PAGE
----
Turkish architect Ali Tayar remains loyal to the modernist foundations of his German architecture school training but his work ranges widely from residential projects in Beirut to the hip burger chain, Pop Burger. As a young student, he fell in love with the Rockefeller Apartments on West 54th Street, designed in 1936 and modernist to their bones and, in a dream-come-true sort of way, now lives in one of the airy apartments, which he has painstakingly restored.
Let’s start off with asking you about your design for Pop Burger – I went there for the first time with my son on his birthday and I knew nothing about the chain and wondered who had designed it. Had you designed any restaurants before?
I had done Waterloo. Do you remember Waterloo? It was the first Belgian sort of “young kid” restaurant.
I always wonder what goes through an architect’s head when they are thinking about what sort of buildings they would like to design, a burger restaurant, an airport, a church …
With a church, it helps if you believe. With burgers it helps if you love them. I love burgers! I grew up in Istanbul and the best thing I could imagine was to go to the Hilton snack bar and have burgers. My mother always said, this is not exactly the way you get them in America.
Southern light permeates the living room and dining alcove.
The entire apartment, down to the hardware, was stripped and restored to its pristine prewar state.
Looking across the custom bridge table into the living area.
An Alvar Aalto sofa is covered in a Knoll fabric.
The original mantel was replaced by one made out of aluminum boxes. Ali designed this pair of custom oak benches, upholstered in faux-suede for the nearby Pop Burger restaurant.
Floor lamps by David Weeks flank the aluminum fireplace mantel. A work by Bruno Augsburger, ’72 Days’ hangs above.
Four plywood cross-vaults form the base of Ali’s glass top Michael’s table.
Tell us what it’s like growing up in Istanbul.
It was beautiful … gorgeous. That Hilton was important for me because it was the first Hilton that was built after the war, and it’s this beautiful modernist building with a beautiful modernist interior. [The interior] has been completely orientalized and it’s now a completely wretched interior.
When you say ‘orientalized’ what do you mean?
You know like made-up vulgar [kitsch]… I have a dislike for things ‘oriental’ – not things from the Orient. I dislike the wholesale abuse of oriental motifs into architecture. I don’t do that.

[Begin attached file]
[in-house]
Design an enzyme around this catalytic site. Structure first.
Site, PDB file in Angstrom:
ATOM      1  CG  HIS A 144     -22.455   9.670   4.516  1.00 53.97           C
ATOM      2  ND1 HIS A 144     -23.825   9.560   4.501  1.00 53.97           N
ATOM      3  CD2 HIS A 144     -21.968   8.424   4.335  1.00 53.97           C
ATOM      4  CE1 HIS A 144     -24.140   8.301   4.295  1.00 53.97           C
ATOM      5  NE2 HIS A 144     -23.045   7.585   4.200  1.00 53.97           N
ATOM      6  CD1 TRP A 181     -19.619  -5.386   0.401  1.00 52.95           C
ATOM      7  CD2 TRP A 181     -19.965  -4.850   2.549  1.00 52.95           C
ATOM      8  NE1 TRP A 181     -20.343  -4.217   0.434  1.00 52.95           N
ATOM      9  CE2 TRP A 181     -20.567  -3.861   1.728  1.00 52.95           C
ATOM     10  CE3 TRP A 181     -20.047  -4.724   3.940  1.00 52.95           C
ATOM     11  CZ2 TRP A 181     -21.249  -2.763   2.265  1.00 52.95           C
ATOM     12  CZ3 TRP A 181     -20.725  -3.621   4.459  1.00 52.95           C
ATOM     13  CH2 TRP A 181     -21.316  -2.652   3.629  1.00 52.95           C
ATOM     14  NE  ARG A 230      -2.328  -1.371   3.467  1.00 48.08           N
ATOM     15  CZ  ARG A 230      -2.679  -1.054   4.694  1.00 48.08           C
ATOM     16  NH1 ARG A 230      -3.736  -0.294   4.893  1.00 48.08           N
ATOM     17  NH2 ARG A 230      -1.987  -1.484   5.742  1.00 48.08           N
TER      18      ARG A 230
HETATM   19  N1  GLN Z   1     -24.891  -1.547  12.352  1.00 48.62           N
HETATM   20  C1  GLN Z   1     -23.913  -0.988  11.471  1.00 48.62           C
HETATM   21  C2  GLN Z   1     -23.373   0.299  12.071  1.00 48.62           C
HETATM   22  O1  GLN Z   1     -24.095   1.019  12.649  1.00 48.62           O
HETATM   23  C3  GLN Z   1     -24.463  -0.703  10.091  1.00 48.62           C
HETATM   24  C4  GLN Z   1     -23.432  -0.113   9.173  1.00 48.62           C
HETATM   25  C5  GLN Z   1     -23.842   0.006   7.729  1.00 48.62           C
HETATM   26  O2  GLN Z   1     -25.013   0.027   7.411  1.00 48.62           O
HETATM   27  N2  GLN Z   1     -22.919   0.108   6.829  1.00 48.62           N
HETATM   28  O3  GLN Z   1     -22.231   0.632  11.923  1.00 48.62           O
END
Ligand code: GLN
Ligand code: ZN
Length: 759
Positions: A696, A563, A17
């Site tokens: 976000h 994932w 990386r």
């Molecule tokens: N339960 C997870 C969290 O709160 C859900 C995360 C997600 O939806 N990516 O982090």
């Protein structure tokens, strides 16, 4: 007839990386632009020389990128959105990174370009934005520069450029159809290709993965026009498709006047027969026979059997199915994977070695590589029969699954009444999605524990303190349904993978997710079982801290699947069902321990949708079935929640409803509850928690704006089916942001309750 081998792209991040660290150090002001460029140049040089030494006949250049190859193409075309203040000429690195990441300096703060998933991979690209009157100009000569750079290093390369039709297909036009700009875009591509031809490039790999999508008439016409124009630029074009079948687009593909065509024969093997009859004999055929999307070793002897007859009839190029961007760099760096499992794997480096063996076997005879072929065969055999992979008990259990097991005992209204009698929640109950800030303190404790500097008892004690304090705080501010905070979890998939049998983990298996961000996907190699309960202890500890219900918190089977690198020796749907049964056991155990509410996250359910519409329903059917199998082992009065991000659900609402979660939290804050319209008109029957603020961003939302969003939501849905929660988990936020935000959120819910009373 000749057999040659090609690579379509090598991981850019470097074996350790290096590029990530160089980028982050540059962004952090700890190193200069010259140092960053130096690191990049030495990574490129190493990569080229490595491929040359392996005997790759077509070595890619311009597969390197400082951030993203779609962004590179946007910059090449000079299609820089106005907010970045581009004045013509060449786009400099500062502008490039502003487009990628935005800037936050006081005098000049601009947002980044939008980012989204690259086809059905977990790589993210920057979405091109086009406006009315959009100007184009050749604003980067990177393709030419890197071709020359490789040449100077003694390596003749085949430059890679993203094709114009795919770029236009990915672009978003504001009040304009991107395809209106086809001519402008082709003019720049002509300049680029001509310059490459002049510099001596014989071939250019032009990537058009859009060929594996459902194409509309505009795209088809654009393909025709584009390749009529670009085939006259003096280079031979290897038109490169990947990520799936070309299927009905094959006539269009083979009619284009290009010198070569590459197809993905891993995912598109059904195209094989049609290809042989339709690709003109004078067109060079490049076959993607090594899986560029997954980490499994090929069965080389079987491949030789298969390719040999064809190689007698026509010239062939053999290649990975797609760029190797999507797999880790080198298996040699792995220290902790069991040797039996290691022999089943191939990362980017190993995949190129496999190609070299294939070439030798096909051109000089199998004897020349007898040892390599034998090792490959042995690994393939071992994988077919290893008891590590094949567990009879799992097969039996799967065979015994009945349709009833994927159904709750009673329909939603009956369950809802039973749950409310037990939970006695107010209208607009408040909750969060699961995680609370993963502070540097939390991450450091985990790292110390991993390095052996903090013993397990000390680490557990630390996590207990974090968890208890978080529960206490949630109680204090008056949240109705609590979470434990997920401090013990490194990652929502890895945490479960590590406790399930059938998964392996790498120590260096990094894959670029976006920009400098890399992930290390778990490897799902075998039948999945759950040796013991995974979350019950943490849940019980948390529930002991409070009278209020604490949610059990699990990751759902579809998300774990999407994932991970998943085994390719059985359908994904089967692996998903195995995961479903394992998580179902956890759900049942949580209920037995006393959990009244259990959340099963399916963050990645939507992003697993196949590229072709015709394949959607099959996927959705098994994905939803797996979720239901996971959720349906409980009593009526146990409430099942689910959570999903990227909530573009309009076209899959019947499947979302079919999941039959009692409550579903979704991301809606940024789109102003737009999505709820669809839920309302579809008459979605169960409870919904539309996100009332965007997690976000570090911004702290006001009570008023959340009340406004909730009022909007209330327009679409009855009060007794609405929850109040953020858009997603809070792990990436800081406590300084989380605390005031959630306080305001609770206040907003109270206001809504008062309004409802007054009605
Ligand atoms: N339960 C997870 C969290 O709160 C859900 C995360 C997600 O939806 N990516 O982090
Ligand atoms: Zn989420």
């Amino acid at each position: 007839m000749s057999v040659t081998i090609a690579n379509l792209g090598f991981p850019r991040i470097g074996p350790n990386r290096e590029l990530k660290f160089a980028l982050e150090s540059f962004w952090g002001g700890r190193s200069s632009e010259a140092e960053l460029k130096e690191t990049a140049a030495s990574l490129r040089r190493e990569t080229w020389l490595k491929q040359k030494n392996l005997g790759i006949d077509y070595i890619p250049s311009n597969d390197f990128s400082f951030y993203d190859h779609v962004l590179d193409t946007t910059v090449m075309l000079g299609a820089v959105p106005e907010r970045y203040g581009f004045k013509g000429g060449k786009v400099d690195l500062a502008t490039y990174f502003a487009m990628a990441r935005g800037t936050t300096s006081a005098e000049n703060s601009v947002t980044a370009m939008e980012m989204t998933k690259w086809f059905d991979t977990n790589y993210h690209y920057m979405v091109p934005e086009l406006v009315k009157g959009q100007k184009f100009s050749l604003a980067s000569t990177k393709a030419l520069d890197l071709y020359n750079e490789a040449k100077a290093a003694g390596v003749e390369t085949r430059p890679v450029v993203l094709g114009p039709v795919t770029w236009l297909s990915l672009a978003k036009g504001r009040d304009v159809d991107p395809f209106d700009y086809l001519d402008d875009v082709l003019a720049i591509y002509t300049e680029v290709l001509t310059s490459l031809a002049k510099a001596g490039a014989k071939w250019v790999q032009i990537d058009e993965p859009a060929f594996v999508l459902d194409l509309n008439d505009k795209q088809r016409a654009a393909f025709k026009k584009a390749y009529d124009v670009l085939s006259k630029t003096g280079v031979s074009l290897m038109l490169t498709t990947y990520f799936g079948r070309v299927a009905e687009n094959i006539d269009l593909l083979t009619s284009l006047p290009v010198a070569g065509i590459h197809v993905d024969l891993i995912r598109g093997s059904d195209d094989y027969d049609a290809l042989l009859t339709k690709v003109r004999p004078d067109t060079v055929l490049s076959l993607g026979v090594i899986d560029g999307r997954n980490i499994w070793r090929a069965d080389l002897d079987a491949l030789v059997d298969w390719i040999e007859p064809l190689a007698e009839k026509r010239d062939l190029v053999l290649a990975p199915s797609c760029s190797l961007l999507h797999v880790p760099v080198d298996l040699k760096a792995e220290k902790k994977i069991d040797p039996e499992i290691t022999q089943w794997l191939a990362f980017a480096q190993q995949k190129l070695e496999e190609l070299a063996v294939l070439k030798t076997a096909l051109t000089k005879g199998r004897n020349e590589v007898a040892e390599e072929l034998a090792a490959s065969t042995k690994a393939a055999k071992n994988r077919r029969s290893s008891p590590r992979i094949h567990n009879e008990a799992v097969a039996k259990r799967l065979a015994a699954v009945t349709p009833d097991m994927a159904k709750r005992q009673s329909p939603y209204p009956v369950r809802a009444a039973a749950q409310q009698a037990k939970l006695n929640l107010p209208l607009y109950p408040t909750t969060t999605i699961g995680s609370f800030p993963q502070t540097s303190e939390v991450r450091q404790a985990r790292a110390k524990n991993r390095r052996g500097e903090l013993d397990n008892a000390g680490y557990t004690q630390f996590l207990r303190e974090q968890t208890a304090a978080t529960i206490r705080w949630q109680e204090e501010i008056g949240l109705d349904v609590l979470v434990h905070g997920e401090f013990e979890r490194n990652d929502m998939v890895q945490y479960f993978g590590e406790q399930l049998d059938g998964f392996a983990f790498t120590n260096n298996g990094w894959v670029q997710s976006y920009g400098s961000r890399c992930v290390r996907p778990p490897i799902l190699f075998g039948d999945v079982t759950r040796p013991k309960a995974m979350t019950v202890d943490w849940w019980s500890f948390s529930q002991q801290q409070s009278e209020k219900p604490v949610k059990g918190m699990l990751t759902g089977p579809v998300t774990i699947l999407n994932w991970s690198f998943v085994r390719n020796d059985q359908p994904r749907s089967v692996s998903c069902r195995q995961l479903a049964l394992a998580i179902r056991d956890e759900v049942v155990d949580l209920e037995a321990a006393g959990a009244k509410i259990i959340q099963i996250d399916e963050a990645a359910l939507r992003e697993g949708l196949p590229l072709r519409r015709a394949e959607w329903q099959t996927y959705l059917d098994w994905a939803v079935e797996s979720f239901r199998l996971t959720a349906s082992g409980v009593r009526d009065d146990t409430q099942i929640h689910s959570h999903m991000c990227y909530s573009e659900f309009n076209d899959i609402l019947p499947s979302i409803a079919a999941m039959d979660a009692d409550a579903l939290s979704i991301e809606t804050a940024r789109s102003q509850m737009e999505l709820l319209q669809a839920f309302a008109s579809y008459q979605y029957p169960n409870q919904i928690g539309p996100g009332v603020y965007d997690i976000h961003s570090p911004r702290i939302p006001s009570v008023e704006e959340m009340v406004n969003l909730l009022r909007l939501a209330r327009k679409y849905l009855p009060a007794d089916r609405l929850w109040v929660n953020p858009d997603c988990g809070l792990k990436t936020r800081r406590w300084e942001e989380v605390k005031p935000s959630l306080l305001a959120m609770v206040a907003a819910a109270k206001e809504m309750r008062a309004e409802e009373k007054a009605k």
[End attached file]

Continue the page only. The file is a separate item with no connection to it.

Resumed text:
The original herringbone wood floors peek through the cleverly designed jigsaw-puzzle rug.
So you saw these apartment buildings where you now live when you were a teenager and said to yourself, this is where I want to live.
It is one of the most beautiful residential buildings in the city. I was studying architecture and you don’t get that many great buildings. There isn’t actually that much great architecture here. All of this [building] is full of modernist detail. It is designed all the way to the signage on the door.
You talk about your training in Germany being a completely modernist training – you have been so loyal to it.
Oh yeah … very loyal. When I was studying it was really the height of post-modernism. When I go out the door on the other side, I see the AT&T building and in our first semester, the history of architecture professor showed the rendering of that building by Philip Johnson, to make the point that the history of architecture was making a comeback.
For the design Ana, a stackable shelving system, Ali reinvented dorm room cinderblock bookcases.
A favorite pair of Biedermeir-style chairs are tucked under a custom bridge table.
In the front entry, an oil painting by Nuri Iyem depicting a Turkish peasant woman, hangs above a console that combines a mahogany top with a carbon fiber base.
Are there basically two kinds of architects—the ones who are more drawn towards engineering and the other kind who are more into ‘expression’?
Ideally it should be a mixture of both but in the Renaissance architects sort of started separating themselves from the building master and [established] the idea that you can now just make drawings that get built by others. It was a bad trend, I would say.
Do you think sometimes the aesthetic appeal of a building or any design can be unintentional, like an electric power plant or something?